Good news: Houston rehires all of its staff

press release:

Houston Grand Opera (HGO) is pleased to announce that the company has received a PPP (Payroll Protection Plan) loan from the Small Business Administration (SBA) for $2.5 million. The funding will allow HGO to restore all furloughed employees as of May 4 and to cancel salary rollbacks that were set for today.

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  • It should be noted that this applies only to full-time administrative staff. Artists whose contracts were affected by cancellations are still at 50% of their contracts. It has not yet been determined whether or not they will be paid their full wages.

    • And even though the orchestra only has about 40 members. All that oil money in Houston, but paltry support for the arts.

      • HGO has about a $28 million dollar operating budget. According to their tax returns, Music Director Patrick Summers earns upwards of $600,000 per year. They spend about $5 million a year on Artists’ contracts, which presumably are the main stage singers and guest conductors.

        Each member of their 49 member orchestra earns about $20,000 per year based on recent audition advertisements. Their total budget is much smaller than other companies like SF Opera or Chicago Lyric, but they can certainly afford to do better for their orchestra.

      • Oil is now about $20 per barrel. I lived and worked in Houston when it was $100, not that many years ago.

    • Houston Grand Opera gave one of the largest “look past the force majeure” settlements of any American company, especially impressing considering the operas cancelled had not begun rehearsals with principals yet. There will not be more money. That’s long since “determined” and accepted.

      The PPP, if you read the regulations from the SBA, is to restore W2 employees, not 1099 independent contractors.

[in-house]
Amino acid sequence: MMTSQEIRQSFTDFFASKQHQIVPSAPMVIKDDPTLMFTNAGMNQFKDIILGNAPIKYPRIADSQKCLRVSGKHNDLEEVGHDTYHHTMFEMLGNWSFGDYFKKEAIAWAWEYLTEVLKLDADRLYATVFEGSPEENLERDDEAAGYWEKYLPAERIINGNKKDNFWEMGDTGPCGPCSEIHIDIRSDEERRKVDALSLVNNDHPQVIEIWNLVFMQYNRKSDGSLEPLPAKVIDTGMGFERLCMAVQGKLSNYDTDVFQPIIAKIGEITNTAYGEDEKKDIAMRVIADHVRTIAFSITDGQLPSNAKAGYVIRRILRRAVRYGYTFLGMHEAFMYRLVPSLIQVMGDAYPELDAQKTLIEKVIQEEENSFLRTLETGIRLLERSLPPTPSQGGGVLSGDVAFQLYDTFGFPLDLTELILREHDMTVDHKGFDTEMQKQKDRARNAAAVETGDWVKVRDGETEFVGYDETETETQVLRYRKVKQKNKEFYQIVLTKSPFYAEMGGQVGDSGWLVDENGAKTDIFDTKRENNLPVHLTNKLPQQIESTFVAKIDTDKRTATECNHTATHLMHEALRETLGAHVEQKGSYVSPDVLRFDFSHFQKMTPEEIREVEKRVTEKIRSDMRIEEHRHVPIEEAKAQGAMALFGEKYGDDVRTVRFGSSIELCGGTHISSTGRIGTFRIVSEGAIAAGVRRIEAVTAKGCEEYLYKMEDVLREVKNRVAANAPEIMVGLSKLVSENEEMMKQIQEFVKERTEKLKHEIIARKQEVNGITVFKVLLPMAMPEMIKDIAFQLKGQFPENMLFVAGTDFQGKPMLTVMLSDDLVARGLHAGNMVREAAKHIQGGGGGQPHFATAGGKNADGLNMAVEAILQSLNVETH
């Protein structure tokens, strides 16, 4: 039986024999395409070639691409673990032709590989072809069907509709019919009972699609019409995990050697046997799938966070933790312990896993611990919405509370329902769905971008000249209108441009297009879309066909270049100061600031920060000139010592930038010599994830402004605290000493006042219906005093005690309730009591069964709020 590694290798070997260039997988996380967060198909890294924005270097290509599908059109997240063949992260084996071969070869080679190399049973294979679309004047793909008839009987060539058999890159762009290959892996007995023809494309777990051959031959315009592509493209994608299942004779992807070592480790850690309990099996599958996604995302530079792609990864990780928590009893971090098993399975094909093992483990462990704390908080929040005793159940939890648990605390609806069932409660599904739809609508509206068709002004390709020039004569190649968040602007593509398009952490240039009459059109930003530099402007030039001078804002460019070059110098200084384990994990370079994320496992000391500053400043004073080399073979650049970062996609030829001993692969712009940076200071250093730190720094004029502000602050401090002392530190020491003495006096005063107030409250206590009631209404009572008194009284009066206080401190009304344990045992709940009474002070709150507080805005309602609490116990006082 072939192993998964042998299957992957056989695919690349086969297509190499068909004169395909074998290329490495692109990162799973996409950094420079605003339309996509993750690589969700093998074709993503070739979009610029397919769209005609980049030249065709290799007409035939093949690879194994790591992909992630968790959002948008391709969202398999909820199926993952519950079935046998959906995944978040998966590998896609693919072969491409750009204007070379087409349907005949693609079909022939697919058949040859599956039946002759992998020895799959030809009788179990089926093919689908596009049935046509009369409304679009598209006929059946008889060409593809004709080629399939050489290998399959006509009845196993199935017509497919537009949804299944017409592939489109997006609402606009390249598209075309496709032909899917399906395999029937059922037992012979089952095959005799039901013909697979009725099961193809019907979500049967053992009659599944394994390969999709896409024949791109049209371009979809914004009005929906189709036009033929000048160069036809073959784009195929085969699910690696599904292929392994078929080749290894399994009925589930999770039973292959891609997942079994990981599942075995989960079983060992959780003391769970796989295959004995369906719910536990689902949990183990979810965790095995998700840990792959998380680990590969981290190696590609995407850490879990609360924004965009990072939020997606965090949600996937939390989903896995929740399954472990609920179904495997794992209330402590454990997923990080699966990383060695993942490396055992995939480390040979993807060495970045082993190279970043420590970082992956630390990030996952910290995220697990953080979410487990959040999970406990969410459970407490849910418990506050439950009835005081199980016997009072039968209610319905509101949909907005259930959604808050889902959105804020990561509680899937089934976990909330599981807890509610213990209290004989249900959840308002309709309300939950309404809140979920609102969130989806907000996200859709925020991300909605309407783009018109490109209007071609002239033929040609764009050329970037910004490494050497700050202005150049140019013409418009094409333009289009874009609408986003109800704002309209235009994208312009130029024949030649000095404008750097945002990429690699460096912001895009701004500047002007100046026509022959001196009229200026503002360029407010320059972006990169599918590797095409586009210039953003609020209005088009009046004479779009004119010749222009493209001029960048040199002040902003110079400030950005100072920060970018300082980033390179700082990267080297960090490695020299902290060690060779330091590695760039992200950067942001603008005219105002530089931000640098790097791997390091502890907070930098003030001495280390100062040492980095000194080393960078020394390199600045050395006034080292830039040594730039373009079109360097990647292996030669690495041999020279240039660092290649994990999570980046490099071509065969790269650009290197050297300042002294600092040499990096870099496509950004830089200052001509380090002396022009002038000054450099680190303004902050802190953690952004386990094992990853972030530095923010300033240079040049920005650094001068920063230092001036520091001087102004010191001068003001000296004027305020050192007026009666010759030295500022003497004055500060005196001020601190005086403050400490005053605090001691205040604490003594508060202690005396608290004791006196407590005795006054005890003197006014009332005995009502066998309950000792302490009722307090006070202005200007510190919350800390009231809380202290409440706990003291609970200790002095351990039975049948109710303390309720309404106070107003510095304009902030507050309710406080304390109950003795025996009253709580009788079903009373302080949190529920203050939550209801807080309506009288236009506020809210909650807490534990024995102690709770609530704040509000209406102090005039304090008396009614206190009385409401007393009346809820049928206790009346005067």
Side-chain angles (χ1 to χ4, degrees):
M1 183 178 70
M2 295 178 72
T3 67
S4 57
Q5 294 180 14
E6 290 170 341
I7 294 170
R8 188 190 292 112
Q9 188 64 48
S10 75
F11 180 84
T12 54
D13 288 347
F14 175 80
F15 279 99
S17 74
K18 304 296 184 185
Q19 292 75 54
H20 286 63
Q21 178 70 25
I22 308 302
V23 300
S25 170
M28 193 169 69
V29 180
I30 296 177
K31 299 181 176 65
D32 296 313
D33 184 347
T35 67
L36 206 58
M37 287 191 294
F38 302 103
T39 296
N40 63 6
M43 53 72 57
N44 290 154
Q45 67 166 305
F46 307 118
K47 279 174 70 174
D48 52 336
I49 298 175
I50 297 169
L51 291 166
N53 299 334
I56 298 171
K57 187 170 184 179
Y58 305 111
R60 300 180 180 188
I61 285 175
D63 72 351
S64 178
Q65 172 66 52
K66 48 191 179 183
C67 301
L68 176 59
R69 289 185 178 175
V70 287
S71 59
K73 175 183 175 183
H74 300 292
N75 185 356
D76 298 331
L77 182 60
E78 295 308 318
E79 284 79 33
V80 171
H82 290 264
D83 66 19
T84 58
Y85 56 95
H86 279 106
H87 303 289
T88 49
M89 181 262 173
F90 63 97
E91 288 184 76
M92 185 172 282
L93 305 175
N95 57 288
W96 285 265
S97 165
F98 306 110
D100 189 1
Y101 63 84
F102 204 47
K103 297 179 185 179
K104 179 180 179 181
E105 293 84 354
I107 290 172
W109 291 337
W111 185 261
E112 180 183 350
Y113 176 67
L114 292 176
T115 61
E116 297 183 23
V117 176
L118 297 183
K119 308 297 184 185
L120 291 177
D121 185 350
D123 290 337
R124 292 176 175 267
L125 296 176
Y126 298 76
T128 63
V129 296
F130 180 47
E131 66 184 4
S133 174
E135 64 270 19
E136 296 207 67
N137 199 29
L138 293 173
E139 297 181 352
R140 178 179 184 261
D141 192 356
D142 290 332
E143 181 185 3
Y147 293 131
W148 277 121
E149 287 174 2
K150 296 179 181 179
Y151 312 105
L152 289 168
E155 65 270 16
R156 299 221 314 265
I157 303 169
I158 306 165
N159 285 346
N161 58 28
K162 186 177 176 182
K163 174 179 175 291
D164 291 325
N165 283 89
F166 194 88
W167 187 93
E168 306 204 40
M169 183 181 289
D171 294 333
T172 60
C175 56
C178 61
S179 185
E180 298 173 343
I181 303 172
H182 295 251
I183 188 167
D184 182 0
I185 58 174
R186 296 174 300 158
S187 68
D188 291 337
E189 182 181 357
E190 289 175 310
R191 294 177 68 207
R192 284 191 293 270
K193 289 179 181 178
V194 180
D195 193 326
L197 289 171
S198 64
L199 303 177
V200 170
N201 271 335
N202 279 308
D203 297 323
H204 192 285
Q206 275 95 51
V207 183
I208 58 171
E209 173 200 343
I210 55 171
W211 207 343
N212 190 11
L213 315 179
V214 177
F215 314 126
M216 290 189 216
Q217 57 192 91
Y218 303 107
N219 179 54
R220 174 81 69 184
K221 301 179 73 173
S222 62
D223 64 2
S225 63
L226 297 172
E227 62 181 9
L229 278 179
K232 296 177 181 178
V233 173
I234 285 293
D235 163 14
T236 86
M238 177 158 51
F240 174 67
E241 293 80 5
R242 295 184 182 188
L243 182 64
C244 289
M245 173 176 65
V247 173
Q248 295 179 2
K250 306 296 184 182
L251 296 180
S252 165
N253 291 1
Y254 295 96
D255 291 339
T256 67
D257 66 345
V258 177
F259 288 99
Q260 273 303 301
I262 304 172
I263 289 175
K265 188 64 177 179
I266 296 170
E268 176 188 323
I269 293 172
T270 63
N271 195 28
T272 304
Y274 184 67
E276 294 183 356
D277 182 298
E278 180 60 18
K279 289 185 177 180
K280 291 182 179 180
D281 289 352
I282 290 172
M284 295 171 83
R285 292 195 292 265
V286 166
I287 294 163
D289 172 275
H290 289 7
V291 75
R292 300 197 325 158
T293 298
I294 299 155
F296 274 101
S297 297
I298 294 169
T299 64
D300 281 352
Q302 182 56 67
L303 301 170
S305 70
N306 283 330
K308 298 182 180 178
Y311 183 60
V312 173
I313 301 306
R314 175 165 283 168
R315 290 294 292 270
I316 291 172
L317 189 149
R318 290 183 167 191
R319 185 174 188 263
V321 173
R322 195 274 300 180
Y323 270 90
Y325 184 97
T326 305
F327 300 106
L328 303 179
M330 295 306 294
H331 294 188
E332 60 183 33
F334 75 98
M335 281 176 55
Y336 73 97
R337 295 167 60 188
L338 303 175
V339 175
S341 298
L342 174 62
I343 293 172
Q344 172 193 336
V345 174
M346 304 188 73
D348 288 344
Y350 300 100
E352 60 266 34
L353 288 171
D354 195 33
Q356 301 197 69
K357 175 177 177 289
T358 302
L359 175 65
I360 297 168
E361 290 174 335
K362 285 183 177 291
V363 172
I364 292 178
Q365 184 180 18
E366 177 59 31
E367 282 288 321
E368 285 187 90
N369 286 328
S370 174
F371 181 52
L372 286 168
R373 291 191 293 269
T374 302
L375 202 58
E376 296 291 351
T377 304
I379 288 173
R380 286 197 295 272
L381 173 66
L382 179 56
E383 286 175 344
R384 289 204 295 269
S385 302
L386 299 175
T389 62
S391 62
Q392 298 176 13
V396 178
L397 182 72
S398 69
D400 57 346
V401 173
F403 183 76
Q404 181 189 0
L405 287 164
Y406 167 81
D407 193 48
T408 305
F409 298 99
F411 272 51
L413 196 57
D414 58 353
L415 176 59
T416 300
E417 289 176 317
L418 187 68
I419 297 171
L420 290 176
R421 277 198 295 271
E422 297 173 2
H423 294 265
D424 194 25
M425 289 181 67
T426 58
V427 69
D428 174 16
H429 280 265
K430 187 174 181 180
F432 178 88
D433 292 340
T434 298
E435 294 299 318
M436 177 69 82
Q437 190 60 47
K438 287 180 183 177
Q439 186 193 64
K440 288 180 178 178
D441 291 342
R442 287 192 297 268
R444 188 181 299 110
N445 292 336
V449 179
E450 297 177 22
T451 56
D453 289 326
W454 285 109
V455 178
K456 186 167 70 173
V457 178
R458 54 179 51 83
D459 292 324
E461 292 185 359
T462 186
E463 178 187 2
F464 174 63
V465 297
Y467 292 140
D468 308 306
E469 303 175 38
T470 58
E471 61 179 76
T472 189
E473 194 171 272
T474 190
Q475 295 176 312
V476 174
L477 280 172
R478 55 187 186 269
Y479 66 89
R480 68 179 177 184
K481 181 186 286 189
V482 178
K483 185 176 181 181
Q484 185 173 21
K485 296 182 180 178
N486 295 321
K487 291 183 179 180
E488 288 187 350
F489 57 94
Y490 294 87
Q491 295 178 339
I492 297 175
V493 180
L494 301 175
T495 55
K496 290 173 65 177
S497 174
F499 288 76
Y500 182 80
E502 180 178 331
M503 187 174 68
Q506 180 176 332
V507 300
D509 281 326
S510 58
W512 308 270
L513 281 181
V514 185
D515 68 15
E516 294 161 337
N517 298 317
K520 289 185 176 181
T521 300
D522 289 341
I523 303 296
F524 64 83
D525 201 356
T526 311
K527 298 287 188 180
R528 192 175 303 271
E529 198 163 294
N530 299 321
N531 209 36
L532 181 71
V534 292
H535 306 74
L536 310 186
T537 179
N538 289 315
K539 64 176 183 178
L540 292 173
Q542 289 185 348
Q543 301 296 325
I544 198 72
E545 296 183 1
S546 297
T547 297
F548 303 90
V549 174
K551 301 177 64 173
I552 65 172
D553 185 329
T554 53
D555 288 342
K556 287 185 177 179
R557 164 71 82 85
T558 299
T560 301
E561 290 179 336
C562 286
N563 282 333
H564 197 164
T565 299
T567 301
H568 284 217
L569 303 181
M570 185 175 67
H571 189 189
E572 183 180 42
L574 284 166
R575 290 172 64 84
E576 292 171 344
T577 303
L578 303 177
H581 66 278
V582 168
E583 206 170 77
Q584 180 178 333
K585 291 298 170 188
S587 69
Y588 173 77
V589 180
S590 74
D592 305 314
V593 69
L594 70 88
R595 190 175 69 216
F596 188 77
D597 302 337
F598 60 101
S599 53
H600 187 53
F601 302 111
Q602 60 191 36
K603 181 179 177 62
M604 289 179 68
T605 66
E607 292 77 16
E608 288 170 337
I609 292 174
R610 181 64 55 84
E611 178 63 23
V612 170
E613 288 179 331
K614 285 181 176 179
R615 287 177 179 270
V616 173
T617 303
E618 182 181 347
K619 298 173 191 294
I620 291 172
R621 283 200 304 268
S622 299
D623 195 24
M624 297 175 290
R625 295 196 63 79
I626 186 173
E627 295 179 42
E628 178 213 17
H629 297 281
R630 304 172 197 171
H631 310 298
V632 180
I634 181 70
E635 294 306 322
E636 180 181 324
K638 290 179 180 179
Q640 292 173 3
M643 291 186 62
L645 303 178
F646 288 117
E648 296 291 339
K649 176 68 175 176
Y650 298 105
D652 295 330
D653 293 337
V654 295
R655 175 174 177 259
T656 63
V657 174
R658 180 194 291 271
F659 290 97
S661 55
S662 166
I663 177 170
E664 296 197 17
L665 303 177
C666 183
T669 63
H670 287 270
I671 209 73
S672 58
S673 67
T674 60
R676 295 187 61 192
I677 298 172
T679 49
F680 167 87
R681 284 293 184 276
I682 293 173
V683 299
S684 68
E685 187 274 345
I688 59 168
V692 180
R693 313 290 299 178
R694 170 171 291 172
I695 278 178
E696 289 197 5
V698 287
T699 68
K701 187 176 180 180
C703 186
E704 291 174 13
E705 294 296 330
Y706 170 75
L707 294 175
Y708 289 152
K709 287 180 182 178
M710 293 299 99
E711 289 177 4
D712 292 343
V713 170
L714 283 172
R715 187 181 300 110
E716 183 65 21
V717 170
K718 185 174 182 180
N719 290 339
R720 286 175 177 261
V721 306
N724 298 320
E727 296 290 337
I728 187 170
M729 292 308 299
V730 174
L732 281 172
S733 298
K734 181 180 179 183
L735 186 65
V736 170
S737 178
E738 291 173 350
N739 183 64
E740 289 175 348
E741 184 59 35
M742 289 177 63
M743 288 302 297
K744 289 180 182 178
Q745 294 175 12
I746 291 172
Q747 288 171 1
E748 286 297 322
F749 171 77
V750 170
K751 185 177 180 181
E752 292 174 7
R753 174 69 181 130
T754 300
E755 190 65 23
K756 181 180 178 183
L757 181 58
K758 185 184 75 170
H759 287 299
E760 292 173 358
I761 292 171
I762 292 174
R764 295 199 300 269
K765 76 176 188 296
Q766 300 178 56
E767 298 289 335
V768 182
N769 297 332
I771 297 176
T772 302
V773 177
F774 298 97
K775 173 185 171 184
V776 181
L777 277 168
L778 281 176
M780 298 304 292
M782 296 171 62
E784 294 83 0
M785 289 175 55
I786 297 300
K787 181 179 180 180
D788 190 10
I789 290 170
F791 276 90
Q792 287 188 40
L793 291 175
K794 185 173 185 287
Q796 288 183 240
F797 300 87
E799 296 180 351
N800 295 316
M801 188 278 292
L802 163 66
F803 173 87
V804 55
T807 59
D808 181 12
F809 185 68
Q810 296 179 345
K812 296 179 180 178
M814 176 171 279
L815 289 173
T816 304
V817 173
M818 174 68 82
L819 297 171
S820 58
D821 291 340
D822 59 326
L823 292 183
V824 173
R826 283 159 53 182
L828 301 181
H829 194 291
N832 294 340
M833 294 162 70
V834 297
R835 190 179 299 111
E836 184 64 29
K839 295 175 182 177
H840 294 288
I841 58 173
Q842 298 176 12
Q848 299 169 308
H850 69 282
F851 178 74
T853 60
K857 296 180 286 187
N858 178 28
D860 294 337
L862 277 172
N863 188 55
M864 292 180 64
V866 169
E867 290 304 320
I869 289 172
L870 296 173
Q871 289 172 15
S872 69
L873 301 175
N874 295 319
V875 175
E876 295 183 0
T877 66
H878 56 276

• As with most companies, union members (AFM, AGMA, IATSE) are W2 employees. Considering other local arts organizations like Houston Ballet, Alley Theater, and Houston First have all paid their employees their full wages, it would be reasonable to see HGO follow suit. However, I am sure this is to be ultimately determined by their lender and the SBA.

  • Great news, yes, but what happens when seasons start up again and the audiences just aren’t there like before? A short term bandaid, while helpful now, isn’t a long term cure by any means. Let’s not fool ourselves into thinking that the PPP is anything more than a bandaid over a severely bleeding wound. Not trying to be negative but these are the facts. Just like a one time $1,200 stimulus to Americans does virtually nothing to help. And folks have to risk their life or lose jobs for good now that things are re-opening.

    • The day after I got my $1,200 I had to pay three months of Medicare premiums right back to the Federal government!

    • Nobody’s pretending otherwise. Everybody in arts administration is working on ways to stop the bleeding. In the meantime, this, like the stimulus payments, is better than nothing.

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